Menthol Cigarettes and Other Flavored Tobacco Face Ban in EU

By Alex Johnston
Alex Johnston
Alex Johnston
December 19, 2012 Updated: October 1, 2015
People pass by a giant mock-up discarded cigarette displayed on the ground at the Gare de Lyon railway station in Paris, on Dec. 4, 2012, as part of a public-awareness campaign. (Pierre Verdy/AFP/Getty Images)
People pass by a giant mock-up discarded cigarette displayed on the ground at the Gare de Lyon railway station in Paris, on Dec. 4, 2012, as part of a public-awareness campaign. (Pierre Verdy/AFP/Getty Images)

The European Union is eyeing to ban flavored tobacco—including popular menthol cigarettes—and implement health warnings that would cover 75 percent of each packet.

The European Commissioner for Health and Consumer Policy Tonio Borg cited statistics, which say that some 700,000 people die in Europe, each year due to tobacco-related problems. Around a third of the population smokes.

Furthermore, tobacco-related health problems cost the EU 25.3 billion euros (US$33.5 billion) each year, he said.

“More ‘attractive’ cigarette packages can now be bought and, even more worryingly, smoking has been made more attractive with the use of strong flavors, for example vanilla or strawberry,” said Borg on Wednesday in Brussels, according to a transcript. He stressed, “Tobacco should look and taste like tobacco.”

Elaborating on increasing the size of package warnings, Borg said that studies have found “large picture warnings work better than small text warnings,” and said “the legislation needs to be adapted to the latest scientific evidence,” noting that the current EU tobacco directive is more than a decade old. Twenty-five percent of the package would be left for the brand.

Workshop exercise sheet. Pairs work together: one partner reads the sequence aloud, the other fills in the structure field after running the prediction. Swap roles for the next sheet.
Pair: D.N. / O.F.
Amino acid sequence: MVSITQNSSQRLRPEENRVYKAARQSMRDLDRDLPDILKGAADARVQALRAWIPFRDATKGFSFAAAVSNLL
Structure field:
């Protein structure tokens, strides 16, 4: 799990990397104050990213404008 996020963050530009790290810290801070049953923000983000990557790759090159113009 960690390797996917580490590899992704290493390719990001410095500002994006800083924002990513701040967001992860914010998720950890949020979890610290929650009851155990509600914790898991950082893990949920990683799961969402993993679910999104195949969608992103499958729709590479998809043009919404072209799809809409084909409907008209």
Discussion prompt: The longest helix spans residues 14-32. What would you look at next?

Current EU health warnings force tobacco companies to place an advertisement on 30 percent on one side of the packages and 40 percent on the other side. The new requirements will also apply to loose rolling tobacco.

“I want to be very clear: a tobacco product should look like a tobacco product and not like a cosmetic or candy. My aim here is that people can take an informed decision when they look at a pack of cigarettes by getting the clear message that the product they buy harms their health,” Borg said.

The proposal would also ban “slims” that are mainly targeted at women. It also said terms like “light,” “mild,” and “low tar” are misleading to consumers and should not be used in advertising or packaging.

Tobacco companies fear that more stringent EU restrictions like large warnings will dampen their sales and set a precedent for Asian and African markets.

Philip Morris International said that the EU’s current proposal “ignores the massive black market for tobacco products which already costs member states 10 billion euros (US$13.2 billion) annually,” according to a statement.

“We trust that the hostility of some toward our industry will not blind them to the important economic, legal and societal issues that this proposed directive raises,” the firm added.

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